Schooling from today - The Horse Forum

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post #1 of 21 Old 05-28-2012, 10:50 PM Thread Starter
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Smile Schooling from today

I got me dad to take a video of my riding from today. I kinda sucked today when it came to jumping but I felt like I was doing pretty good trotting. However, I really need some outside opinions, so if you guys could critique us please that would be awesome! Some background, he is a 6 year old ottb who hates contact and frequently bucks, hollows his back, or throws his head way down to get away from the bit. He is really hard to get into a frame he just fights it. I think we were jumping like 1'3" or 1'6" here, so he was just kinda stepping over it. We haven't been jumping very long. So anywho, please be nice but tell me what I need to work on. Oh and btw I am getting more holes punched in my stirrups cause they are on the shortest one here and I feel like they are too long. Thanks everybody!! :)

~Do Your Best, Prepare For The Worst, Then Trust GOD To Bring The Victory~Proverbs 21:31
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post #2 of 21 Old 05-28-2012, 10:59 PM
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No leaning at the fence. Make a conscious effort to keep your hands quiet.

Life seems mighty precious, when there's less of it to waste.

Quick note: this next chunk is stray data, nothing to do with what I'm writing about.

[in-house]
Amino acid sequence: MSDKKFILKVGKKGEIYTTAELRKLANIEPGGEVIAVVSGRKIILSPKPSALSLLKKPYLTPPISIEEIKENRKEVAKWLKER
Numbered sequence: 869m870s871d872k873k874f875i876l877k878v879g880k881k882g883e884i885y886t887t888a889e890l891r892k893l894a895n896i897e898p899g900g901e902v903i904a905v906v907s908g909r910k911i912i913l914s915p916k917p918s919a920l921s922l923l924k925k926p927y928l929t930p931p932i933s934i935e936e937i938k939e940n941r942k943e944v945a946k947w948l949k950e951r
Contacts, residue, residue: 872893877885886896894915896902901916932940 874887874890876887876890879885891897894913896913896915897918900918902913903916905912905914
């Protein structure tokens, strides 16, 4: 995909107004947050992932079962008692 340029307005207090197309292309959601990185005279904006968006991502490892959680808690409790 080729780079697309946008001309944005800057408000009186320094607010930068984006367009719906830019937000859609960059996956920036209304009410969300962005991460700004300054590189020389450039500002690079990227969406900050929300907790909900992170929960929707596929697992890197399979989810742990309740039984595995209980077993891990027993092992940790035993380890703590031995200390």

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post #3 of 21 Old 05-28-2012, 11:03 PM
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Just curious, is this a lesson horse or your own horse?

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post #4 of 21 Old 05-28-2012, 11:05 PM Thread Starter
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Quote:
Originally Posted by Oxer View Post
No leaning at the fence. Make a conscious effort to keep your hands quiet.
Thanks Oxer! Yeah I think I was throwing him off balance by leaning on his neck so much. And yeah my hands suck, I have been working on them :/ Question, when do I need to go into to point, when he jumps or before? Thanks again!

~Do Your Best, Prepare For The Worst, Then Trust GOD To Bring The Victory~Proverbs 21:31
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post #5 of 21 Old 05-28-2012, 11:05 PM Thread Starter
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Quote:
Originally Posted by xJumperx View Post
Just curious, is this a lesson horse or your own horse?
He is mine :) I have had him for almost a year and a half. I don't take lessons though I wish I could :/

~Do Your Best, Prepare For The Worst, Then Trust GOD To Bring The Victory~Proverbs 21:31
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post #6 of 21 Old 05-28-2012, 11:23 PM
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the way I have learned not to jump ahead is simply by looking up and ahead. When I pick my head up and look beyond the jump, then it makes it impossible for me to anticipate the jump. This in turn allows me to simply follow my horse with my body. A 2 point, especially at this height, should just flow. No ducking, no flopping, no hurling yourself at your horse. Just go with him. Hahaha!